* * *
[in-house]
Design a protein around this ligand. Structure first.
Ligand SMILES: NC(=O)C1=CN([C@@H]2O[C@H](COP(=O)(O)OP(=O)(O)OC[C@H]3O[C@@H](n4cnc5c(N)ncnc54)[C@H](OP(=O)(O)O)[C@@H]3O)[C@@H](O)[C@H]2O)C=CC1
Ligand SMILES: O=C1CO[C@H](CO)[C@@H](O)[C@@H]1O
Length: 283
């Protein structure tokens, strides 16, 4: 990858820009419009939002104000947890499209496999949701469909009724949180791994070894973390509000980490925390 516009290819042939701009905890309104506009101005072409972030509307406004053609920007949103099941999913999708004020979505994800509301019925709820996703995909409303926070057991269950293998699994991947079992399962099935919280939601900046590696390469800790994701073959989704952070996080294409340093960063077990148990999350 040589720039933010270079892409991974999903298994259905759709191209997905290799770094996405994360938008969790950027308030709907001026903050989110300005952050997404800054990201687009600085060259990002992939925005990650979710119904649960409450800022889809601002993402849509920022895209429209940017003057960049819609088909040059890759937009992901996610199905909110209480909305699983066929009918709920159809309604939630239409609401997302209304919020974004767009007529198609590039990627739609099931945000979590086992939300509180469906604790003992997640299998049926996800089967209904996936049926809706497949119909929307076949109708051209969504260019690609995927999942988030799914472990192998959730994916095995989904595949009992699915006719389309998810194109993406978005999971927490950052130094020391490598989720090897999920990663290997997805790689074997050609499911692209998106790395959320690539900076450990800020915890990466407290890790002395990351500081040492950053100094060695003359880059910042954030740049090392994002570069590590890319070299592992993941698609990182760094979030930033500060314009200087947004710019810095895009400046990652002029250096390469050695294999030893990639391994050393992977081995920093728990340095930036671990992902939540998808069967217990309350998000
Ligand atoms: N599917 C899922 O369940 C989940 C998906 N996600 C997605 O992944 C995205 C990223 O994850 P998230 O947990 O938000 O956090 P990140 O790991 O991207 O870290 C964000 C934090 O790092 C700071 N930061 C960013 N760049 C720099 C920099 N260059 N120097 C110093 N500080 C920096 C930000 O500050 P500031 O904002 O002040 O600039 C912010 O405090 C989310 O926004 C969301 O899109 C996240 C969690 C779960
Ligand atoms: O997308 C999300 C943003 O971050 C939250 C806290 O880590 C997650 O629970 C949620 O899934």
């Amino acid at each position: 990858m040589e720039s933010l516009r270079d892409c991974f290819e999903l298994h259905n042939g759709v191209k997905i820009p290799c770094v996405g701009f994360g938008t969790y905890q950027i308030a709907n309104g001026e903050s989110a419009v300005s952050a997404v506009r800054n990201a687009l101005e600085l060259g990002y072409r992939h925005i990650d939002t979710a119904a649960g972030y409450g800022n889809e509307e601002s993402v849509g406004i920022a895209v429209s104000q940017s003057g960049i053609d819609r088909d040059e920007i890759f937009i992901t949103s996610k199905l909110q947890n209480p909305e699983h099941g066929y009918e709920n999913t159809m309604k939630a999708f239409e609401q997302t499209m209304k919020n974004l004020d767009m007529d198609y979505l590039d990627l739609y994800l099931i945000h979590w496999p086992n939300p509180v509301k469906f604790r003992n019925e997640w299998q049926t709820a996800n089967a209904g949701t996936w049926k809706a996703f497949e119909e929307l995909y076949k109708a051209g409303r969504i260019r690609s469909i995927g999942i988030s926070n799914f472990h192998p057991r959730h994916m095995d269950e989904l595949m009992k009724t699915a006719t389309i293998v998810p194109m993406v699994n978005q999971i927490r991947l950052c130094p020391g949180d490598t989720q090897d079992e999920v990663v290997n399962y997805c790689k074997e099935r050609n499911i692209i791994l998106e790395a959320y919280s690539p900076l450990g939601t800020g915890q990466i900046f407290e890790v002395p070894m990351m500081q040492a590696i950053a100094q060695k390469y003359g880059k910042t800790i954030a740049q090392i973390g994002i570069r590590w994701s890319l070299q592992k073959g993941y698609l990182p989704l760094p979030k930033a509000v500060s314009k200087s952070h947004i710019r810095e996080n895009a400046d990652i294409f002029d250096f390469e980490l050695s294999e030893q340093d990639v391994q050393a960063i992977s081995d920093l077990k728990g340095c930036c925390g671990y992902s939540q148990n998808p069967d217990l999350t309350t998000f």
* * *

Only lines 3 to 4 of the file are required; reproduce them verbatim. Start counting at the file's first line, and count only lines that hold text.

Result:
Ligand SMILES: NC(=O)C1=CN([C@@H]2O[C@H](COP(=O)(O)OP(=O)(O)OC[C@H]3O[C@@H](n4cnc5c(N)ncnc54)[C@H](OP(=O)(O)O)[C@@H]3O)[C@@H](O)[C@H]2O)C=CC1
Ligand SMILES: O=C1CO[C@H](CO)[C@@H](O)[C@@H]1O